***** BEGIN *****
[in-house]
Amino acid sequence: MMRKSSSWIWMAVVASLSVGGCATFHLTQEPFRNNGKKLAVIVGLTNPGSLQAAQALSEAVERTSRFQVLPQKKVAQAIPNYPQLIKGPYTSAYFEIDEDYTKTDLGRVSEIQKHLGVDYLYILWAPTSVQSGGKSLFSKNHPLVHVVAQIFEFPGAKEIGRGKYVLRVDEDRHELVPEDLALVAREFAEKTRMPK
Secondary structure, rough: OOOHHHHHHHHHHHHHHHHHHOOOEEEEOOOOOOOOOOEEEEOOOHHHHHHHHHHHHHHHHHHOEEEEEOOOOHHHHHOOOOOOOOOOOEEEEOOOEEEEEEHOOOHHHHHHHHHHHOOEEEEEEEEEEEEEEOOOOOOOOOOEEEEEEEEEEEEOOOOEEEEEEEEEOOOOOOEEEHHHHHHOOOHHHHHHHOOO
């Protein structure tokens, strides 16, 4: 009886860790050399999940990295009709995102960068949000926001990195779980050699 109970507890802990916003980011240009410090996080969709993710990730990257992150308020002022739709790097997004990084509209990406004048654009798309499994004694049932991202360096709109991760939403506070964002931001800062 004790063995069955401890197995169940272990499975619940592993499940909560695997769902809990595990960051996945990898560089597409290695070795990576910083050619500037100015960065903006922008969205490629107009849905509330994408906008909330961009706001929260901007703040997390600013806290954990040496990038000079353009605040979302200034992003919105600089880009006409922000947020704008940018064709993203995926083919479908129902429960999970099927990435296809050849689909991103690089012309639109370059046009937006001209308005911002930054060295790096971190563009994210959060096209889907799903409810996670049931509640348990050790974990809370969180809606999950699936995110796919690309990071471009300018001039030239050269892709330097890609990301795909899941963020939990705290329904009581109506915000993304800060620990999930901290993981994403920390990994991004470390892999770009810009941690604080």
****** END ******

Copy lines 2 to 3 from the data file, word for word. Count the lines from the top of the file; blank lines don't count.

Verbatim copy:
Amino acid sequence: MMRKSSSWIWMAVVASLSVGGCATFHLTQEPFRNNGKKLAVIVGLTNPGSLQAAQALSEAVERTSRFQVLPQKKVAQAIPNYPQLIKGPYTSAYFEIDEDYTKTDLGRVSEIQKHLGVDYLYILWAPTSVQSGGKSLFSKNHPLVHVVAQIFEFPGAKEIGRGKYVLRVDEDRHELVPEDLALVAREFAEKTRMPK
Secondary structure, rough: OOOHHHHHHHHHHHHHHHHHHOOOEEEEOOOOOOOOOOEEEEOOOHHHHHHHHHHHHHHHHHHOEEEEEOOOOHHHHHOOOOOOOOOOOEEEEOOOEEEEEEHOOOHHHHHHHHHHHOOEEEEEEEEEEEEEEOOOOOOOOOOEEEEEEEEEEEEOOOOEEEEEEEEEOOOOOOEEEHHHHHHOOOHHHHHHHOOO